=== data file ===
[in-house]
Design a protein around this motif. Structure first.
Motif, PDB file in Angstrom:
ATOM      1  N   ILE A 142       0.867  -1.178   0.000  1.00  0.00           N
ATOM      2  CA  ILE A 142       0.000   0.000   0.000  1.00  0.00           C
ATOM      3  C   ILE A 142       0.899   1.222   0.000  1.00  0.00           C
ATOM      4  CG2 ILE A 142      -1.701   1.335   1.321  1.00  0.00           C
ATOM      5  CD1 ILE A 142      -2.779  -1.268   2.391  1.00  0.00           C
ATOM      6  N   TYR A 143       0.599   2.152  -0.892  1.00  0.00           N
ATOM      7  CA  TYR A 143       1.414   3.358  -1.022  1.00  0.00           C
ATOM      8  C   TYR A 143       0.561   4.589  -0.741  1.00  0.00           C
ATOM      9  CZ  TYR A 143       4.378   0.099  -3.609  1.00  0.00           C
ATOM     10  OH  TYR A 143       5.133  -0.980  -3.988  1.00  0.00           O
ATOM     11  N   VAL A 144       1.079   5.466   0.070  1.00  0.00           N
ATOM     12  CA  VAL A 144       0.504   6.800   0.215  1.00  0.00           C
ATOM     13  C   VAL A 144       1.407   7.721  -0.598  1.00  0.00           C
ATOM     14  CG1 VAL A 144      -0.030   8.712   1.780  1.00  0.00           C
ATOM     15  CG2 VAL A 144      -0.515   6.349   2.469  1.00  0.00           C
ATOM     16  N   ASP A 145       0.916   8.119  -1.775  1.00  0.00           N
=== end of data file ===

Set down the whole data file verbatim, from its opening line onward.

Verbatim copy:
[in-house]
Design a protein around this motif. Structure first.
Motif, PDB file in Angstrom:
ATOM      1  N   ILE A 142       0.867  -1.178   0.000  1.00  0.00           N
ATOM      2  CA  ILE A 142       0.000   0.000   0.000  1.00  0.00           C
ATOM      3  C   ILE A 142       0.899   1.222   0.000  1.00  0.00           C
ATOM      4  CG2 ILE A 142      -1.701   1.335   1.321  1.00  0.00           C
ATOM      5  CD1 ILE A 142      -2.779  -1.268   2.391  1.00  0.00           C
ATOM      6  N   TYR A 143       0.599   2.152  -0.892  1.00  0.00           N
ATOM      7  CA  TYR A 143       1.414   3.358  -1.022  1.00  0.00           C
ATOM      8  C   TYR A 143       0.561   4.589  -0.741  1.00  0.00           C
ATOM      9  CZ  TYR A 143       4.378   0.099  -3.609  1.00  0.00           C
ATOM     10  OH  TYR A 143       5.133  -0.980  -3.988  1.00  0.00           O
ATOM     11  N   VAL A 144       1.079   5.466   0.070  1.00  0.00           N
ATOM     12  CA  VAL A 144       0.504   6.800   0.215  1.00  0.00           C
ATOM     13  C   VAL A 144       1.407   7.721  -0.598  1.00  0.00           C
ATOM     14  CG1 VAL A 144      -0.030   8.712   1.780  1.00  0.00           C
ATOM     15  CG2 VAL A 144      -0.515   6.349   2.469  1.00  0.00           C
ATOM     16  N   ASP A 145       0.916   8.119  -1.775  1.00  0.00           N